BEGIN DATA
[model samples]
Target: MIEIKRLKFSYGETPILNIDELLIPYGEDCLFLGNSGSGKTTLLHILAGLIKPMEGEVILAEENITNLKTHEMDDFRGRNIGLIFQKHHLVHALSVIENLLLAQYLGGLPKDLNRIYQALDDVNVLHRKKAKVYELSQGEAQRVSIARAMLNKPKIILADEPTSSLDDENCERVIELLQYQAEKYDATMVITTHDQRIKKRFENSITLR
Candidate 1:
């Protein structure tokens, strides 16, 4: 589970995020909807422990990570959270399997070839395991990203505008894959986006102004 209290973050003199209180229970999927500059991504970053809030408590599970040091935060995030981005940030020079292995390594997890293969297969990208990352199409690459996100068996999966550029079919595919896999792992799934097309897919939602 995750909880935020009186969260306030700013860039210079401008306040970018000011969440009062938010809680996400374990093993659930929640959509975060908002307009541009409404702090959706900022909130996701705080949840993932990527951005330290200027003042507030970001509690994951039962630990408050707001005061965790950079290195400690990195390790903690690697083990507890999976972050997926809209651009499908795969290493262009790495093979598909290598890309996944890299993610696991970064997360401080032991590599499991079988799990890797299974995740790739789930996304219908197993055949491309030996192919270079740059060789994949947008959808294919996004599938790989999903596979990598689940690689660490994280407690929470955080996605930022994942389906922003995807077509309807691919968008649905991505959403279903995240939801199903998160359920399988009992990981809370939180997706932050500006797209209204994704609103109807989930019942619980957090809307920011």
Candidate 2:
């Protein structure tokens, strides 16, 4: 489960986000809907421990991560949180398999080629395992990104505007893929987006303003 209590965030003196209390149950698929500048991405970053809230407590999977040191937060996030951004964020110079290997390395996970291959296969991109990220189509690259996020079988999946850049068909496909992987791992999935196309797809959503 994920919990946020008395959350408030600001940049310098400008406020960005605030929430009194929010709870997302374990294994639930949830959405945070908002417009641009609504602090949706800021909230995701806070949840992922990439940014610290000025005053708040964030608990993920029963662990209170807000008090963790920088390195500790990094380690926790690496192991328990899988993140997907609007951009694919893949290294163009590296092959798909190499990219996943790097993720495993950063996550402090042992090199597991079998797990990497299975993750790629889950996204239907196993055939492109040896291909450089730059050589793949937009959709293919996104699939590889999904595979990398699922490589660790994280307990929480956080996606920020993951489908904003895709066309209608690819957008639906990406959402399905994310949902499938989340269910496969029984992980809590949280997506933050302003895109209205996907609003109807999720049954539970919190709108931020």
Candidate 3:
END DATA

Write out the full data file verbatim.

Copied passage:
[model samples]
Target: MIEIKRLKFSYGETPILNIDELLIPYGEDCLFLGNSGSGKTTLLHILAGLIKPMEGEVILAEENITNLKTHEMDDFRGRNIGLIFQKHHLVHALSVIENLLLAQYLGGLPKDLNRIYQALDDVNVLHRKKAKVYELSQGEAQRVSIARAMLNKPKIILADEPTSSLDDENCERVIELLQYQAEKYDATMVITTHDQRIKKRFENSITLR
Candidate 1:
């Protein structure tokens, strides 16, 4: 589970995020909807422990990570959270399997070839395991990203505008894959986006102004 209290973050003199209180229970999927500059991504970053809030408590599970040091935060995030981005940030020079292995390594997890293969297969990208990352199409690459996100068996999966550029079919595919896999792992799934097309897919939602 995750909880935020009186969260306030700013860039210079401008306040970018000011969440009062938010809680996400374990093993659930929640959509975060908002307009541009409404702090959706900022909130996701705080949840993932990527951005330290200027003042507030970001509690994951039962630990408050707001005061965790950079290195400690990195390790903690690697083990507890999976972050997926809209651009499908795969290493262009790495093979598909290598890309996944890299993610696991970064997360401080032991590599499991079988799990890797299974995740790739789930996304219908197993055949491309030996192919270079740059060789994949947008959808294919996004599938790989999903596979990598689940690689660490994280407690929470955080996605930022994942389906922003995807077509309807691919968008649905991505959403279903995240939801199903998160359920399988009992990981809370939180997706932050500006797209209204994704609103109807989930019942619980957090809307920011």
Candidate 2:
């Protein structure tokens, strides 16, 4: 489960986000809907421990991560949180398999080629395992990104505007893929987006303003 209590965030003196209390149950698929500048991405970053809230407590999977040191937060996030951004964020110079290997390395996970291959296969991109990220189509690259996020079988999946850049068909496909992987791992999935196309797809959503 994920919990946020008395959350408030600001940049310098400008406020960005605030929430009194929010709870997302374990294994639930949830959405945070908002417009641009609504602090949706800021909230995701806070949840992922990439940014610290000025005053708040964030608990993920029963662990209170807000008090963790920088390195500790990094380690926790690496192991328990899988993140997907609007951009694919893949290294163009590296092959798909190499990219996943790097993720495993950063996550402090042992090199597991079998797990990497299975993750790629889950996204239907196993055939492109040896291909450089730059050589793949937009959709293919996104699939590889999904595979990398699922490589660790994280307990929480956080996606920020993951489908904003895709066309209608690819957008639906990406959402399905994310949902499938989340269910496969029984992980809590949280997506933050302003895109209205996907609003109807999720049954539970919190709108931020």
Candidate 3: